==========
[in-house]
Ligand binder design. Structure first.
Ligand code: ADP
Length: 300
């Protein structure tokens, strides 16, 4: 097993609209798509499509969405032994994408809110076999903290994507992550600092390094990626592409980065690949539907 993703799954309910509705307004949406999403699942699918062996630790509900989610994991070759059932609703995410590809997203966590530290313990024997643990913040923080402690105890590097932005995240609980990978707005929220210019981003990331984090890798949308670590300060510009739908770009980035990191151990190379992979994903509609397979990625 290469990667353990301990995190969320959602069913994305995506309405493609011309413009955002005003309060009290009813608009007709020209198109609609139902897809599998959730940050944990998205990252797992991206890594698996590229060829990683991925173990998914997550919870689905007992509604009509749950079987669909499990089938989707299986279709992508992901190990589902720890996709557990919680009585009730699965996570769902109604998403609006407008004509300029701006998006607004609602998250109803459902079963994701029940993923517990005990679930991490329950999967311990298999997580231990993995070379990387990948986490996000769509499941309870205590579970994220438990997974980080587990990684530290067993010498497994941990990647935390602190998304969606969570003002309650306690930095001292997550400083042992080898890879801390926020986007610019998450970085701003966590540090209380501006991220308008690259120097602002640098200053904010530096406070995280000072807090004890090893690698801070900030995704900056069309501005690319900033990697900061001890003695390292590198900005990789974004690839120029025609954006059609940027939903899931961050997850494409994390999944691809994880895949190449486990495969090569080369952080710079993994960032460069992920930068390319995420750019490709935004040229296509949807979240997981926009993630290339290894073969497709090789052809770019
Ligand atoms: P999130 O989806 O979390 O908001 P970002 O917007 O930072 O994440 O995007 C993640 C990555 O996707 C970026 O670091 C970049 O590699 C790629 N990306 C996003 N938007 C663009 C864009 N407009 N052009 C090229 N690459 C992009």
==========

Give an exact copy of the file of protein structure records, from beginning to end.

[in-house]
Ligand binder design. Structure first.
Ligand code: ADP
Length: 300
């Protein structure tokens, strides 16, 4: 097993609209798509499509969405032994994408809110076999903290994507992550600092390094990626592409980065690949539907 993703799954309910509705307004949406999403699942699918062996630790509900989610994991070759059932609703995410590809997203966590530290313990024997643990913040923080402690105890590097932005995240609980990978707005929220210019981003990331984090890798949308670590300060510009739908770009980035990191151990190379992979994903509609397979990625 290469990667353990301990995190969320959602069913994305995506309405493609011309413009955002005003309060009290009813608009007709020209198109609609139902897809599998959730940050944990998205990252797992991206890594698996590229060829990683991925173990998914997550919870689905007992509604009509749950079987669909499990089938989707299986279709992508992901190990589902720890996709557990919680009585009730699965996570769902109604998403609006407008004509300029701006998006607004609602998250109803459902079963994701029940993923517990005990679930991490329950999967311990298999997580231990993995070379990387990948986490996000769509499941309870205590579970994220438990997974980080587990990684530290067993010498497994941990990647935390602190998304969606969570003002309650306690930095001292997550400083042992080898890879801390926020986007610019998450970085701003966590540090209380501006991220308008690259120097602002640098200053904010530096406070995280000072807090004890090893690698801070900030995704900056069309501005690319900033990697900061001890003695390292590198900005990789974004690839120029025609954006059609940027939903899931961050997850494409994390999944691809994880895949190449486990495969090569080369952080710079993994960032460069992920930068390319995420750019490709935004040229296509949807979240997981926009993630290339290894073969497709090789052809770019
Ligand atoms: P999130 O989806 O979390 O908001 P970002 O917007 O930072 O994440 O995007 C993640 C990555 O996707 C970026 O670091 C970049 O590699 C790629 N990306 C996003 N938007 C663009 C864009 N407009 N052009 C090229 N690459 C992009």